Giants: Citizen Kabuto Review
Giants: Citizen Kabuto is a new game from Interplay and Planet Moon that attempts to blur the line between strategy and action games. While most of the combat resembles a third-person shooter, there are elements of base building and resource management which are vital to your success in the game.
Giants takes place on a world covered with islands onto which a group of Meccaryns, a very technology-focused race, crash land on their way to a hedonistic vacation planet. The world on which they land is inhabited by Sea Reapers, Kabuto, and Smarties, as well as various nasty creatures. The Sea Reapers were once the masters of the planet, and they created the giant beast Kabuto to keep it that way. Kabuto soon became too much for even them to control, and so the Reapers were forced to live in the oceans. There they developed powers of magic, and became quite adept with sword and bow weaponry. The Smarties are another indigenous race, and they interact with the three player races in different ways. For the Meccaryns and Reapers, they build bases and provide advanced weaponry. For Kabuto they serve a far simpler purpose - food.
The game begins with the player taking control of the Meccaryns as they try to reassemble their scattered group after their unscheduled stop. As each of the other Meccaryns are found, they join the player, gradually increasing his/her firepower until the full squad of five is finally reunited.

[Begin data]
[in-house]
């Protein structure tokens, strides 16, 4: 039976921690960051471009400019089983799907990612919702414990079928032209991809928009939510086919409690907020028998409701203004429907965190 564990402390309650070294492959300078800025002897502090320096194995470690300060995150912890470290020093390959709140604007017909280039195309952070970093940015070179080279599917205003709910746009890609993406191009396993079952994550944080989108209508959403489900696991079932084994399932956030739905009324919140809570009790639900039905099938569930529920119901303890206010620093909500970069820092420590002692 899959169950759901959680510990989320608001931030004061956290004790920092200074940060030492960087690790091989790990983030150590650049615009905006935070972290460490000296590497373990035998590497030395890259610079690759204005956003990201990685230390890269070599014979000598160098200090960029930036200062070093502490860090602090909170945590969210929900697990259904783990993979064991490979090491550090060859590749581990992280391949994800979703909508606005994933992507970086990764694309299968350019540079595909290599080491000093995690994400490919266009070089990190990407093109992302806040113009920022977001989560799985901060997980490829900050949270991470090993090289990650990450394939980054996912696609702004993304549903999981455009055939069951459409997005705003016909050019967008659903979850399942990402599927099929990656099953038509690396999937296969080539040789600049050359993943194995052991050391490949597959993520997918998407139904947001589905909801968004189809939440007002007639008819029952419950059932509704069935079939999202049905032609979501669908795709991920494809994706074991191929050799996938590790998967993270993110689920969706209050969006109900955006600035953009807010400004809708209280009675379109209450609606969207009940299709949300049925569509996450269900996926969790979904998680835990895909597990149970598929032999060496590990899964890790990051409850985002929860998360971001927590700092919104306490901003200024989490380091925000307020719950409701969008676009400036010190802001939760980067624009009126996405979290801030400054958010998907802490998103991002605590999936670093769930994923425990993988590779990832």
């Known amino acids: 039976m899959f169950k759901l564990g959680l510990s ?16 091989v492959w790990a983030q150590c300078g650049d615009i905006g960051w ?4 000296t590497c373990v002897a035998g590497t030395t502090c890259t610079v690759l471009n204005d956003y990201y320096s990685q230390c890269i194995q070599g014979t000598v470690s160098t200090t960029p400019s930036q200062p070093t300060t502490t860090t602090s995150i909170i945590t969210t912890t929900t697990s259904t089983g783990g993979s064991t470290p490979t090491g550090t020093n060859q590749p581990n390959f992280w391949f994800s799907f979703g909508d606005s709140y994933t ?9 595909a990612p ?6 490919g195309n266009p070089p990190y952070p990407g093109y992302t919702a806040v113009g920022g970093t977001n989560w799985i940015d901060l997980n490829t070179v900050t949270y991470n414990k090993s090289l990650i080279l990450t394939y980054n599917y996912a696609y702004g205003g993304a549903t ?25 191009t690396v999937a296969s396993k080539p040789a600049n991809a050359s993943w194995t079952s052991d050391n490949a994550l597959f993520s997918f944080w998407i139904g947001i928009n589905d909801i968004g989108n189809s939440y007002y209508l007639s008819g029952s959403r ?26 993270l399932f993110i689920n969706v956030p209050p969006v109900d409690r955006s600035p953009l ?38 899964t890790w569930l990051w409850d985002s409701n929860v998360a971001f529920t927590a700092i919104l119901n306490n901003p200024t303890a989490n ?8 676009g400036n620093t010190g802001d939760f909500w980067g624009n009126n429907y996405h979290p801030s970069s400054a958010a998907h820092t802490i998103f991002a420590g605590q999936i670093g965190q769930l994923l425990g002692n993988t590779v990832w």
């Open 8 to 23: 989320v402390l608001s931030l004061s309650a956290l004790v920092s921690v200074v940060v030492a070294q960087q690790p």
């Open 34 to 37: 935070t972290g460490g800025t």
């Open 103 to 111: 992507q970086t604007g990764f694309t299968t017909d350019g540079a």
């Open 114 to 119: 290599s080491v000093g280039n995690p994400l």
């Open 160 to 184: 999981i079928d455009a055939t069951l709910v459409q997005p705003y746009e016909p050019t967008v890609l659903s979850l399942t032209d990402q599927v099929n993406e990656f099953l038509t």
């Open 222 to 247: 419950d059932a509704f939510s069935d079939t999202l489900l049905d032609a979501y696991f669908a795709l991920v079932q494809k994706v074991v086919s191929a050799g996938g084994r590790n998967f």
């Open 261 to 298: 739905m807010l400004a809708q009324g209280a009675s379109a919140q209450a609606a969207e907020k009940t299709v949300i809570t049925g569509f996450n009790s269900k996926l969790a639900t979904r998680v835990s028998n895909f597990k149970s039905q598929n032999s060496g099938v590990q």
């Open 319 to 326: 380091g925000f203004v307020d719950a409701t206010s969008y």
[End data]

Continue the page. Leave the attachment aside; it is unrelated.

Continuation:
Once the player completes the Meccaryn campaign, he/she takes control of Delphi, a Sea Reaper, and then when the Sea Reaper campaign is finished, the player finally gets to try his/her hand at being the colossus that is Kabuto.
Many of the missions in the game center around rescuing somebody or blowing something up. However, the real-time strategy element comes into play during the missions that require the player to build and protect a base. For this, Smarties must be captured to do the dirty work of building the base and creating its defenses. To keep them happily busy, the player must go out and slaughter the local herd animal, Vimps, and bring the meat back to the base for the the Smarties to enjoy. Vegetarians would be better off playing a game that sticks to the more traditional resource collecting methods such as gold and rock mining.
All of the missions are linked together by cutscenes which rely heavily on sophomoric humor with a decidedly British twist. Think Monty Python marathon at a Frat house and you'll get the picture. While the humor is a mixed bag that ranges from genuinely funny to merely crude, it is a nice change of pace from the usually overly dramatic storylines found in most games.